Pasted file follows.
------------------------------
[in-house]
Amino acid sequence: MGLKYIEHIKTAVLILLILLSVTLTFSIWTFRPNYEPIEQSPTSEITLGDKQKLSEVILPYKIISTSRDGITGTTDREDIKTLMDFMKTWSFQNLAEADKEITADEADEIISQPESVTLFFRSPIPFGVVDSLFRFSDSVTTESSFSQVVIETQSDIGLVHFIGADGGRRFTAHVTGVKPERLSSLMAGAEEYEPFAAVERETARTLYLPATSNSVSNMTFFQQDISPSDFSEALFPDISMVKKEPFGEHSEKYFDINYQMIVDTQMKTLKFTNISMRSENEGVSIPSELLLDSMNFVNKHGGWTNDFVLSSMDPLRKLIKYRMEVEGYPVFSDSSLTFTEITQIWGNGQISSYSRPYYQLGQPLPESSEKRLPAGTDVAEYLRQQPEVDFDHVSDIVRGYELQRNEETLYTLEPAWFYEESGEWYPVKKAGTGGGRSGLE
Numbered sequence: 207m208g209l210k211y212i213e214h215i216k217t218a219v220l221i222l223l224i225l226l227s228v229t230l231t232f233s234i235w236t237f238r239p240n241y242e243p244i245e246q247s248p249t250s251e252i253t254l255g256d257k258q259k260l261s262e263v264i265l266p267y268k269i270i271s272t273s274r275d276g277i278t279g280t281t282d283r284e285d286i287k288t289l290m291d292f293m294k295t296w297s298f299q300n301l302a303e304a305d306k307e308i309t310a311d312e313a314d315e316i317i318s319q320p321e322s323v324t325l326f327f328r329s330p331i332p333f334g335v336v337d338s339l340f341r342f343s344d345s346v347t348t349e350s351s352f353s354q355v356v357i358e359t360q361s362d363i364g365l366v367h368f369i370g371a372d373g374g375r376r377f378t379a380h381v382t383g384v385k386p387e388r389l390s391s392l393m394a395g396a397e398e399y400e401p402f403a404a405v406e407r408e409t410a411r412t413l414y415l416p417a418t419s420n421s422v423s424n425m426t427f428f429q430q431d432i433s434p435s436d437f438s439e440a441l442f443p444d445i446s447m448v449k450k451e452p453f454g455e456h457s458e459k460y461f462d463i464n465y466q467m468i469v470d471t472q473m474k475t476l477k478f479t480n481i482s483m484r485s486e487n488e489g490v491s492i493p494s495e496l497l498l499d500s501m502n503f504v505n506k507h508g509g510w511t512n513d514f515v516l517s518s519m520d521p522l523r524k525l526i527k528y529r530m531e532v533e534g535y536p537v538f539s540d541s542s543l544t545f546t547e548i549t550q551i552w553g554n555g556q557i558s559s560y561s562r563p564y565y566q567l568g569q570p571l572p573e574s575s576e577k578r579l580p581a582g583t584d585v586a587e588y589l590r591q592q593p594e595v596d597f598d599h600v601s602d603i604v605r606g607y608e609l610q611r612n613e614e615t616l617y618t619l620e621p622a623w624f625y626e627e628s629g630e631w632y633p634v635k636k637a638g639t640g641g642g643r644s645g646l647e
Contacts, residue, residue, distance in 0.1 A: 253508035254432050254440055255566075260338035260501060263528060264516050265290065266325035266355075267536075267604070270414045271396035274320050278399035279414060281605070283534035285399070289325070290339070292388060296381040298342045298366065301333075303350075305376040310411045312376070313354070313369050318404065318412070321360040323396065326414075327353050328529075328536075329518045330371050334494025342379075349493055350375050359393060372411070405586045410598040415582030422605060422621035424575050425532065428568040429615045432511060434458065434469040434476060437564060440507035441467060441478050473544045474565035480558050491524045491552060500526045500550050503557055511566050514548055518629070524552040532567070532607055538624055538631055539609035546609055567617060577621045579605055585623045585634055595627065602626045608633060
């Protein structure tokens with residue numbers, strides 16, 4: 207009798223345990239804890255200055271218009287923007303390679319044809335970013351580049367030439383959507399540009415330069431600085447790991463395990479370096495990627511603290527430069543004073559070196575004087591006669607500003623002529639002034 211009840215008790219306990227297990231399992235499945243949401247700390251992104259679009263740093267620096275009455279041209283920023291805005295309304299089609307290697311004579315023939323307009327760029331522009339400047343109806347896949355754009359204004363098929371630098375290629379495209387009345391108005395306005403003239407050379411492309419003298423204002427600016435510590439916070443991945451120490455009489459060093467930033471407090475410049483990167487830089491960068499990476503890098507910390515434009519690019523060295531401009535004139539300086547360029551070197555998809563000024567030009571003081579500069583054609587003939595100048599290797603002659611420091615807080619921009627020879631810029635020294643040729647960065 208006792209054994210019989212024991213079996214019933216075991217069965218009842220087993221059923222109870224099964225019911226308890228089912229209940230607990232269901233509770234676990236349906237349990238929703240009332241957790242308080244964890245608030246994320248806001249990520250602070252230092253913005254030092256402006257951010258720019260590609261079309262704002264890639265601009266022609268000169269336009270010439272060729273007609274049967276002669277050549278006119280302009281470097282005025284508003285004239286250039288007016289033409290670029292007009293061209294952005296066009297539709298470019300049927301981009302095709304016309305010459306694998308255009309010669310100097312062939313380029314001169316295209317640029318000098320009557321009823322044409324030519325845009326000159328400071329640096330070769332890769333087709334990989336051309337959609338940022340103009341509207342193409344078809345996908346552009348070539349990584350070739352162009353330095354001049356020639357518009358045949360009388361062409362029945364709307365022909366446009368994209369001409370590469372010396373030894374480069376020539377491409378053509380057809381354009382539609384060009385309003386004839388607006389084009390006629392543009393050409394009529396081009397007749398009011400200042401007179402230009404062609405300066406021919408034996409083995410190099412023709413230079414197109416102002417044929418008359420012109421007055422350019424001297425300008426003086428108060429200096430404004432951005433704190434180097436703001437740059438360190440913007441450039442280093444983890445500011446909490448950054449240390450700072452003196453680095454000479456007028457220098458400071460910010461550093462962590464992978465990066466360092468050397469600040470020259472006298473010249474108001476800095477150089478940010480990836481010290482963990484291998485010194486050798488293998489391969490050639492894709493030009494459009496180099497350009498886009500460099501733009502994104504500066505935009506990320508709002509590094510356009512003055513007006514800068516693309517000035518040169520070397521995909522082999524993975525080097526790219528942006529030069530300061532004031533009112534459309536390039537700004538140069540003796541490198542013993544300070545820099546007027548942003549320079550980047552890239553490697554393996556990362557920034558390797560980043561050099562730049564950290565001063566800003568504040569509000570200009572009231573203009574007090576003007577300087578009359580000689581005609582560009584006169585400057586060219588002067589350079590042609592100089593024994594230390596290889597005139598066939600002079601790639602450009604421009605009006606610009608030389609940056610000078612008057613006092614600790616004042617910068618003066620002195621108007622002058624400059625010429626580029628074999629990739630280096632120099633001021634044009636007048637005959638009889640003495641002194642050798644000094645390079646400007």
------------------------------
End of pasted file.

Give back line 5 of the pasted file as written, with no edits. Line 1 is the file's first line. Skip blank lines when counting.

């Protein structure tokens with residue numbers, strides 16, 4: 207009798223345990239804890255200055271218009287923007303390679319044809335970013351580049367030439383959507399540009415330069431600085447790991463395990479370096495990627511603290527430069543004073559070196575004087591006669607500003623002529639002034 211009840215008790219306990227297990231399992235499945243949401247700390251992104259679009263740093267620096275009455279041209283920023291805005295309304299089609307290697311004579315023939323307009327760029331522009339400047343109806347896949355754009359204004363098929371630098375290629379495209387009345391108005395306005403003239407050379411492309419003298423204002427600016435510590439916070443991945451120490455009489459060093467930033471407090475410049483990167487830089491960068499990476503890098507910390515434009519690019523060295531401009535004139539300086547360029551070197555998809563000024567030009571003081579500069583054609587003939595100048599290797603002659611420091615807080619921009627020879631810029635020294643040729647960065 208006792209054994210019989212024991213079996214019933216075991217069965218009842220087993221059923222109870224099964225019911226308890228089912229209940230607990232269901233509770234676990236349906237349990238929703240009332241957790242308080244964890245608030246994320248806001249990520250602070252230092253913005254030092256402006257951010258720019260590609261079309262704002264890639265601009266022609268000169269336009270010439272060729273007609274049967276002669277050549278006119280302009281470097282005025284508003285004239286250039288007016289033409290670029292007009293061209294952005296066009297539709298470019300049927301981009302095709304016309305010459306694998308255009309010669310100097312062939313380029314001169316295209317640029318000098320009557321009823322044409324030519325845009326000159328400071329640096330070769332890769333087709334990989336051309337959609338940022340103009341509207342193409344078809345996908346552009348070539349990584350070739352162009353330095354001049356020639357518009358045949360009388361062409362029945364709307365022909366446009368994209369001409370590469372010396373030894374480069376020539377491409378053509380057809381354009382539609384060009385309003386004839388607006389084009390006629392543009393050409394009529396081009397007749398009011400200042401007179402230009404062609405300066406021919408034996409083995410190099412023709413230079414197109416102002417044929418008359420012109421007055422350019424001297425300008426003086428108060429200096430404004432951005433704190434180097436703001437740059438360190440913007441450039442280093444983890445500011446909490448950054449240390450700072452003196453680095454000479456007028457220098458400071460910010461550093462962590464992978465990066466360092468050397469600040470020259472006298473010249474108001476800095477150089478940010480990836481010290482963990484291998485010194486050798488293998489391969490050639492894709493030009494459009496180099497350009498886009500460099501733009502994104504500066505935009506990320508709002509590094510356009512003055513007006514800068516693309517000035518040169520070397521995909522082999524993975525080097526790219528942006529030069530300061532004031533009112534459309536390039537700004538140069540003796541490198542013993544300070545820099546007027548942003549320079550980047552890239553490697554393996556990362557920034558390797560980043561050099562730049564950290565001063566800003568504040569509000570200009572009231573203009574007090576003007577300087578009359580000689581005609582560009584006169585400057586060219588002067589350079590042609592100089593024994594230390596290889597005139598066939600002079601790639602450009604421009605009006606610009608030389609940056610000078612008057613006092614600790616004042617910068618003066620002195621108007622002058624400059625010429626580029628074999629990739630280096632120099633001021634044009636007048637005959638009889640003495641002194642050798644000094645390079646400007």